It was a common cry coming out of the New York Film Festival: Citizenfour is a highly important documentary. From director Laura Poitras, the documentary follows the infamous scandal revolving around Edward Snowden who revealed that the government was spying on its citizens. It follows the days leading up to the day that he went public and features a lot of personal footage of the man as he discovers all of this incriminating evidence. Still, in the midst of a compelling subject, what exactly makes it so exceptional? Last year saw We Steal Secrets feature a documentary with another high profile renegade named Julian Assange. Despite initial acclaim, it disappeared quickly. Can Citizenfour manage to get a Best Documentary nomination based on subject matter alone?
The truth is that I don't know very much about the film or its subject. I know the broad context by which Snowden is known, but I cannot recall the impact felt afterwards. It could just be that I avoid political conversations as to not get into personal fights/sacrifice my career. With that said, I do not wish to press any political stance here on any hard hitting documentary such as Citizenfour. I will do my best to discuss them objective and from their ability to present information. While I admit to giving a glowing review to Blackfish prematurely last year, it comes with growth. Now, onto the post!
He is a figure that has sparked some controversy and hasn't left the conversation since the revelation. Even then, the general buzz surrounding the film is that it captures something crucial to the American culture. It explores what security actually is and how Snowden felt like there was a breach in trust. If anything, the general response has been that the documentary is all about exploring America's safety and what it really means. Despite general complaints about atypical documentary techniques, the subject matter is too strong to ignore. Almost everyone who has seen it has called it "important" in ways that no documentary since The Act of Killing has been received.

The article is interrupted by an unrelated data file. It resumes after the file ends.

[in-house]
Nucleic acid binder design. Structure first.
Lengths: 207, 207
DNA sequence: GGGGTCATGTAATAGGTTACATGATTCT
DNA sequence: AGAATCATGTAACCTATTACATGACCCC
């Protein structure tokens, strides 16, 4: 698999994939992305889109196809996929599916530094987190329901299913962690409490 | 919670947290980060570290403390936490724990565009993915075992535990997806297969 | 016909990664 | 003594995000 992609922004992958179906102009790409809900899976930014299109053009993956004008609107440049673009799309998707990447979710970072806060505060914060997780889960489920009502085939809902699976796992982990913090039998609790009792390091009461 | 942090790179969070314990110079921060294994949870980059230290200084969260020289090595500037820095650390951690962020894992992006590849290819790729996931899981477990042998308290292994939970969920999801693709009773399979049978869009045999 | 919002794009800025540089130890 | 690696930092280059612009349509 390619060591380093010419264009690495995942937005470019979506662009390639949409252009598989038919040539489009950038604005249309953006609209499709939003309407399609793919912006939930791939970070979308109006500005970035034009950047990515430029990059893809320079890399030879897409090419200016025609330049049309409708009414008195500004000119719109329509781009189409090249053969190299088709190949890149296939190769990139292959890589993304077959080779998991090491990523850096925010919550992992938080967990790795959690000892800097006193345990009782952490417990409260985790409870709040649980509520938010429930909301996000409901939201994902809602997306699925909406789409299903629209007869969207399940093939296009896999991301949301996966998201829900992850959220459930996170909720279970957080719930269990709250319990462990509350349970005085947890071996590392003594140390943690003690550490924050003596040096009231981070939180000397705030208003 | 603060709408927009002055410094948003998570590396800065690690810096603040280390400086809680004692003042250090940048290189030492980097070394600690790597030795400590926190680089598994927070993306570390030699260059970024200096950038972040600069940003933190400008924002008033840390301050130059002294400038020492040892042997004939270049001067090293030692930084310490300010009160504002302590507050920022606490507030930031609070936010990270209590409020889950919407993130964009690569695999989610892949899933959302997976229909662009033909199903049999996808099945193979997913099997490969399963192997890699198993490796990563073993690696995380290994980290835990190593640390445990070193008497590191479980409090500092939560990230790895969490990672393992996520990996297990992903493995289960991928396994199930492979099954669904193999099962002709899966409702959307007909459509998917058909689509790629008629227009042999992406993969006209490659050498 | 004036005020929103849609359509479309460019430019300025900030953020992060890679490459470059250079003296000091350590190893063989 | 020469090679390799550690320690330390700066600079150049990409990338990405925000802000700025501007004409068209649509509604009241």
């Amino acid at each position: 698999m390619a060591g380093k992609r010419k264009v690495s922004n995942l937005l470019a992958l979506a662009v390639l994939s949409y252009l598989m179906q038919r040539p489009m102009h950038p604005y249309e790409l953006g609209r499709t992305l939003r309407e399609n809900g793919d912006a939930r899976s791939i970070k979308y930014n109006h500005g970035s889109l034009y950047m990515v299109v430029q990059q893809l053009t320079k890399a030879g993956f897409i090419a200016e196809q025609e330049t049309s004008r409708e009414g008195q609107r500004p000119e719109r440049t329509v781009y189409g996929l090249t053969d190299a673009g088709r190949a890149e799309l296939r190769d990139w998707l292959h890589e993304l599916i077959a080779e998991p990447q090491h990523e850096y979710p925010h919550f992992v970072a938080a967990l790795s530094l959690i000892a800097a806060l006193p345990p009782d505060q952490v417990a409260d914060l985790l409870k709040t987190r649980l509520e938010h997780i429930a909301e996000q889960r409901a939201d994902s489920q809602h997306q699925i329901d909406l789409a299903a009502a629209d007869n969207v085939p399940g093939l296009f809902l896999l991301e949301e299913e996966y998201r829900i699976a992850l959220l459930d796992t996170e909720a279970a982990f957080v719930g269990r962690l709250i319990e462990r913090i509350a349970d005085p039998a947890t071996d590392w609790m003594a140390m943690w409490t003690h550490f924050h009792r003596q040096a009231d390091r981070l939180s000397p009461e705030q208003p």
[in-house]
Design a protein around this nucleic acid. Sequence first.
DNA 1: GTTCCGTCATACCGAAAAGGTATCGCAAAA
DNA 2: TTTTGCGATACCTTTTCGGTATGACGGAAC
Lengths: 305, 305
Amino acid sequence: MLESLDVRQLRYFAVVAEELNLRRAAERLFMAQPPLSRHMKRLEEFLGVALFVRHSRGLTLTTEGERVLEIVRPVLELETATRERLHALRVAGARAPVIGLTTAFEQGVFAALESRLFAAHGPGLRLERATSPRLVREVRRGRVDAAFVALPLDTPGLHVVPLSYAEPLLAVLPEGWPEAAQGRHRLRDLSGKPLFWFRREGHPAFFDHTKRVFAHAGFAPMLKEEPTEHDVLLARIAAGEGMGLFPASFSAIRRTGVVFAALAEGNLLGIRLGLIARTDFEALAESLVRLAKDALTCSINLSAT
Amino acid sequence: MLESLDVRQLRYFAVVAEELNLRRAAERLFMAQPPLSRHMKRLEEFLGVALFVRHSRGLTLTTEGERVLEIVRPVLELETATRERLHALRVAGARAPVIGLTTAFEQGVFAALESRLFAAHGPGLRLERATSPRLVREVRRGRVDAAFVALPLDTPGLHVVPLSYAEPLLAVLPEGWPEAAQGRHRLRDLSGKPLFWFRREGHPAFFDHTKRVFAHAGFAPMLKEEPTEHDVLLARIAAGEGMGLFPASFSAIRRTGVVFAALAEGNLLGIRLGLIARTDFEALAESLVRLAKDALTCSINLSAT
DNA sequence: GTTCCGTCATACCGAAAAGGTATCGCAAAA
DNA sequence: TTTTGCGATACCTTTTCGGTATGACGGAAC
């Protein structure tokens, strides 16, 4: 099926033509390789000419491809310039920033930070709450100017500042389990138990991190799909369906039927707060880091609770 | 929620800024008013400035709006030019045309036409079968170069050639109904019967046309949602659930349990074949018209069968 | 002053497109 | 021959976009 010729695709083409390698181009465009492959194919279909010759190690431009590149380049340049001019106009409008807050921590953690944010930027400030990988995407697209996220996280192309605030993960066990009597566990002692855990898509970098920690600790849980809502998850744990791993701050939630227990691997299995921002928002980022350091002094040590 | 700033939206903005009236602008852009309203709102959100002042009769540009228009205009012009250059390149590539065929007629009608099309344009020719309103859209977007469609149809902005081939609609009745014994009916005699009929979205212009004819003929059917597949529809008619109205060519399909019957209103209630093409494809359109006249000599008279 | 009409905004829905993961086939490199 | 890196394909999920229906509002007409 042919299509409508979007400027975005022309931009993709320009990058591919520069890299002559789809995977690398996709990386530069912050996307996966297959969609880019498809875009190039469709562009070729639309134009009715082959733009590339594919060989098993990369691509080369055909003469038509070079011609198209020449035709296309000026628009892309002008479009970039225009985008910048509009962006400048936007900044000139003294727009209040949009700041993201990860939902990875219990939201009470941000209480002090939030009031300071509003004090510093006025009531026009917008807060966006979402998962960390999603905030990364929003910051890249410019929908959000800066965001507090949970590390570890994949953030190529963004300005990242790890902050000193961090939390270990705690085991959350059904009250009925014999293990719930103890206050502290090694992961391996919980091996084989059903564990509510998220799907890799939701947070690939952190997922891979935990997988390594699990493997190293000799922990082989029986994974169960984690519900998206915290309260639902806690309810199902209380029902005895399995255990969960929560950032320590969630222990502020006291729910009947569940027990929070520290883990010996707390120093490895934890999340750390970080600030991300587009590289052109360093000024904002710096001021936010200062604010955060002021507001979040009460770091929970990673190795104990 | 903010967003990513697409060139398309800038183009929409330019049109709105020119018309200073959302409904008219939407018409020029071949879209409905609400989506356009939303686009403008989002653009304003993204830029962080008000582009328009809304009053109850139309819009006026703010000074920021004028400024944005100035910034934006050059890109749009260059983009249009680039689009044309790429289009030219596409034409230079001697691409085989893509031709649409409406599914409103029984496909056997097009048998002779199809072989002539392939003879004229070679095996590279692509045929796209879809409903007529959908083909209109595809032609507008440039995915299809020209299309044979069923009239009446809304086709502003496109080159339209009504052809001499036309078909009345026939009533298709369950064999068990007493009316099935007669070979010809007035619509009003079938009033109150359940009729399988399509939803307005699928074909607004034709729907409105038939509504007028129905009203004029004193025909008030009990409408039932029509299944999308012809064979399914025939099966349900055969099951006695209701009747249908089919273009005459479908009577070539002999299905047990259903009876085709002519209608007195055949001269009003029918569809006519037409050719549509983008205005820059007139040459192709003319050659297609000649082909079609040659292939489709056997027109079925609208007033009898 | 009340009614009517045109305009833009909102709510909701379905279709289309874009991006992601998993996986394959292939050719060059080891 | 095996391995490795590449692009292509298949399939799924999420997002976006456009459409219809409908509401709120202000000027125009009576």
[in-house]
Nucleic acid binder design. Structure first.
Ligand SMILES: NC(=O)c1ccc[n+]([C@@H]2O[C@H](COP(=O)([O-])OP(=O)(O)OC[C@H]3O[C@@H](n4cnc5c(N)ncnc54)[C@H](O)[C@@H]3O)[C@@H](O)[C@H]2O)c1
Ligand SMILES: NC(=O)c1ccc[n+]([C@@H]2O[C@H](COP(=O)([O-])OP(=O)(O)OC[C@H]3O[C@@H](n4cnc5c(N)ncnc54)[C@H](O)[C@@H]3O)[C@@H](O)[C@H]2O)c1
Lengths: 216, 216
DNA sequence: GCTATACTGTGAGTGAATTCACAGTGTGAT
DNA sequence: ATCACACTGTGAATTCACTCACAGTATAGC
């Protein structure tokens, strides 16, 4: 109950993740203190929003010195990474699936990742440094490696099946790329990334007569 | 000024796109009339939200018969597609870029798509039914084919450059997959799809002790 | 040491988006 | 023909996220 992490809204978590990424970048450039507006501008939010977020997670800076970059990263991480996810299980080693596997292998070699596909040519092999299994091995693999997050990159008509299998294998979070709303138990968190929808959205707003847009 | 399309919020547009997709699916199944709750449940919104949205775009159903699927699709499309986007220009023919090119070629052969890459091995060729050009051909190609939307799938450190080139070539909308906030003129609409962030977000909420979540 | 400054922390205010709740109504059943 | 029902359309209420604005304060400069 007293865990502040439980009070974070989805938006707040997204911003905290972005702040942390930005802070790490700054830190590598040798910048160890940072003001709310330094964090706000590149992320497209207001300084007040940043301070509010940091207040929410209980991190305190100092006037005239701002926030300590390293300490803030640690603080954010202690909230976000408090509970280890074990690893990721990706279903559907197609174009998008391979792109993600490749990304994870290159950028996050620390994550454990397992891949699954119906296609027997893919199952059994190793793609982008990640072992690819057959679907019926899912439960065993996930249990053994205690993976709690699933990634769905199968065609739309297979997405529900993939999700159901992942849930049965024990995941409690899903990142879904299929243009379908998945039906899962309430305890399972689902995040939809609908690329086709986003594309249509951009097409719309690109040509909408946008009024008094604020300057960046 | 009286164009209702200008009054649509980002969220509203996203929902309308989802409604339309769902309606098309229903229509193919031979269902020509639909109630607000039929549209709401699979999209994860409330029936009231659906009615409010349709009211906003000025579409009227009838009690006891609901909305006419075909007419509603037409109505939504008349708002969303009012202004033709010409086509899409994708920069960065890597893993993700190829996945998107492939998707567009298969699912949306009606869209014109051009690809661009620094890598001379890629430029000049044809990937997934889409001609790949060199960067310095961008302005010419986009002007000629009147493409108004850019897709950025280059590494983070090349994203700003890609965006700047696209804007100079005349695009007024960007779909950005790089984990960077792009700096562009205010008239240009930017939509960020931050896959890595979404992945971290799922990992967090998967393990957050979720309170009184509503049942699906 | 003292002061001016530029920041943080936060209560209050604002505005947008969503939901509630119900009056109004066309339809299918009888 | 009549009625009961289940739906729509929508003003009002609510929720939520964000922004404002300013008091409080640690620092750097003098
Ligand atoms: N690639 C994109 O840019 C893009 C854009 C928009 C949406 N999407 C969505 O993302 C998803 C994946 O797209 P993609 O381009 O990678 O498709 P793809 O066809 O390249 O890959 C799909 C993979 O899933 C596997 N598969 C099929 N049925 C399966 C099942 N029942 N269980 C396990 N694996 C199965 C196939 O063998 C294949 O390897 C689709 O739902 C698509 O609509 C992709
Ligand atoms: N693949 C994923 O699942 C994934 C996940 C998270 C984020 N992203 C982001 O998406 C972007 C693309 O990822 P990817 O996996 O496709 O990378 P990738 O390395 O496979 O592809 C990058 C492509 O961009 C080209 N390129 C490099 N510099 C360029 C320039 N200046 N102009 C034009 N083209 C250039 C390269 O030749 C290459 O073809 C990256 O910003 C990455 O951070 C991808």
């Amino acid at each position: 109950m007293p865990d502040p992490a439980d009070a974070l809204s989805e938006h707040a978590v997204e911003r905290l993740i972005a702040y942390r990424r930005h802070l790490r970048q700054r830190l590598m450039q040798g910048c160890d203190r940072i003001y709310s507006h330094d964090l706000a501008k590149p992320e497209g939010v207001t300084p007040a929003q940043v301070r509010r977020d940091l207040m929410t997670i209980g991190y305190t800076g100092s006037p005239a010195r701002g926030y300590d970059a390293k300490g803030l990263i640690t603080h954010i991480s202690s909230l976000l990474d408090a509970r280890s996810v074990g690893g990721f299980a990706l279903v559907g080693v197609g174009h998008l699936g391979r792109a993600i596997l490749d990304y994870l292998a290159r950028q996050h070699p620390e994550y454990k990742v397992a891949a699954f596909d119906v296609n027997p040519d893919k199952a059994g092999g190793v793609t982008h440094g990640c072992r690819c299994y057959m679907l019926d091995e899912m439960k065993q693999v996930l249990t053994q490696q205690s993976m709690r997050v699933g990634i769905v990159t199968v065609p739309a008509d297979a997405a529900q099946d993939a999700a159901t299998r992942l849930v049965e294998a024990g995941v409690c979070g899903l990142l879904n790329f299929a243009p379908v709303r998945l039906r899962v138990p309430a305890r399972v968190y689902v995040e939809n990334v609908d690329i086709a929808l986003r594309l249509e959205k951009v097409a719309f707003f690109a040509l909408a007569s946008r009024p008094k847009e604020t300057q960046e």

With that said, check out the trailer:
It doesn't offer much for those who don't already know who Snowden is. However, the opening letter from an unnamed person is a rather compelling sell alone. It covers all of the bases for why this subject is important. While the renegade nature of Snowden's plan definitely has logical repercussions, to hear "Citizenfour" spill out the details gives a haunting idea of what's to come. Even if it is simply a documentary focusing on the few days leading up to the reveal, it should be a riveting. Much like Joshua Oppenheimer with The Act of Killing, it seems strangely effective that Poitras was around at the right time to cover the subject.
The only unfortunate news is that I am not good at guessing the chances of Best Documentary candidates unless they are really amazing and universally acclaimed. Even then, Citizenfour has already gotten enough positive buzz out of NYFF that it seems to be that way. This is more of an entry to raise awareness of the documentary than to share thoughts. However, it looks to be really good and hopefully will continue to gain traction as time goes on. Much like The Act of Killing, it feels like a special message that will be relevant for awhile. Here's hoping that it wasn't just a fluke and that audiences and voters will also enjoy it and find something significant to take away from it.
Will Citizenfour get a Best Documentary nomination?